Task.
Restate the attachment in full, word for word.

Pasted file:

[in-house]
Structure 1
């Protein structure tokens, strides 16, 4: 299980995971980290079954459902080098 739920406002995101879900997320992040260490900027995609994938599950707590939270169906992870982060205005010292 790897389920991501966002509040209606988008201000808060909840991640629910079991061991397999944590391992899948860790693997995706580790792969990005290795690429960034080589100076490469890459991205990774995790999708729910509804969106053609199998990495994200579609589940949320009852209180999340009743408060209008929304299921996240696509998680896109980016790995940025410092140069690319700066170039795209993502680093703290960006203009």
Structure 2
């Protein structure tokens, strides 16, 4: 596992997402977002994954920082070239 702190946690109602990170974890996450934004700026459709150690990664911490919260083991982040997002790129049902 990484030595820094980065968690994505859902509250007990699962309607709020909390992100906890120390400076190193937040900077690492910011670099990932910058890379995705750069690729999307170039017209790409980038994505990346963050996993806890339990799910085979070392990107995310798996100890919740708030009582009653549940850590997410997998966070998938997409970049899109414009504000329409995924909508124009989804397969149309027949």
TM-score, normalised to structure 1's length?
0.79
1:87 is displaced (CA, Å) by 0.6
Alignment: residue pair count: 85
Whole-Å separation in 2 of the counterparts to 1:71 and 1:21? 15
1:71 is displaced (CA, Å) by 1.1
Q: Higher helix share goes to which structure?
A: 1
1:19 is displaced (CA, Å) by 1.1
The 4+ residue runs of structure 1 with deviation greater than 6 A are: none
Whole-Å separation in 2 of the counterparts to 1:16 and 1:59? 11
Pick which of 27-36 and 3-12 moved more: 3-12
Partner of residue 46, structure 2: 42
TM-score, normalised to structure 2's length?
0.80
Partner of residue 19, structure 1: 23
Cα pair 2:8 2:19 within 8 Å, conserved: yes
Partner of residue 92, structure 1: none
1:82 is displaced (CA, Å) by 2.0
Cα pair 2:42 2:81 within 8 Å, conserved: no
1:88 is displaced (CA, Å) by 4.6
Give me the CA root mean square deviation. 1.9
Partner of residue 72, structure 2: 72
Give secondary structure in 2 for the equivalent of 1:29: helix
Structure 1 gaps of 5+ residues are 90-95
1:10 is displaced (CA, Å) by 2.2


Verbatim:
[in-house]
Structure 1
């Protein structure tokens, strides 16, 4: 299980995971980290079954459902080098 739920406002995101879900997320992040260490900027995609994938599950707590939270169906992870982060205005010292 790897389920991501966002509040209606988008201000808060909840991640629910079991061991397999944590391992899948860790693997995706580790792969990005290795690429960034080589100076490469890459991205990774995790999708729910509804969106053609199998990495994200579609589940949320009852209180999340009743408060209008929304299921996240696509998680896109980016790995940025410092140069690319700066170039795209993502680093703290960006203009």
Structure 2
């Protein structure tokens, strides 16, 4: 596992997402977002994954920082070239 702190946690109602990170974890996450934004700026459709150690990664911490919260083991982040997002790129049902 990484030595820094980065968690994505859902509250007990699962309607709020909390992100906890120390400076190193937040900077690492910011670099990932910058890379995705750069690729999307170039017209790409980038994505990346963050996993806890339990799910085979070392990107995310798996100890919740708030009582009653549940850590997410997998966070998938997409970049899109414009504000329409995924909508124009989804397969149309027949």
TM-score, normalised to structure 1's length?
0.79
1:87 is displaced (CA, Å) by 0.6
Alignment: residue pair count: 85
Whole-Å separation in 2 of the counterparts to 1:71 and 1:21? 15
1:71 is displaced (CA, Å) by 1.1
Q: Higher helix share goes to which structure?
A: 1
1:19 is displaced (CA, Å) by 1.1
The 4+ residue runs of structure 1 with deviation greater than 6 A are: none
Whole-Å separation in 2 of the counterparts to 1:16 and 1:59? 11
Pick which of 27-36 and 3-12 moved more: 3-12
Partner of residue 46, structure 2: 42
TM-score, normalised to structure 2's length?
0.80
Partner of residue 19, structure 1: 23
Cα pair 2:8 2:19 within 8 Å, conserved: yes
Partner of residue 92, structure 1: none
1:82 is displaced (CA, Å) by 2.0
Cα pair 2:42 2:81 within 8 Å, conserved: no
1:88 is displaced (CA, Å) by 4.6
Give me the CA root mean square deviation. 1.9
Partner of residue 72, structure 2: 72
Give secondary structure in 2 for the equivalent of 1:29: helix
Structure 1 gaps of 5+ residues are 90-95
1:10 is displaced (CA, Å) by 2.2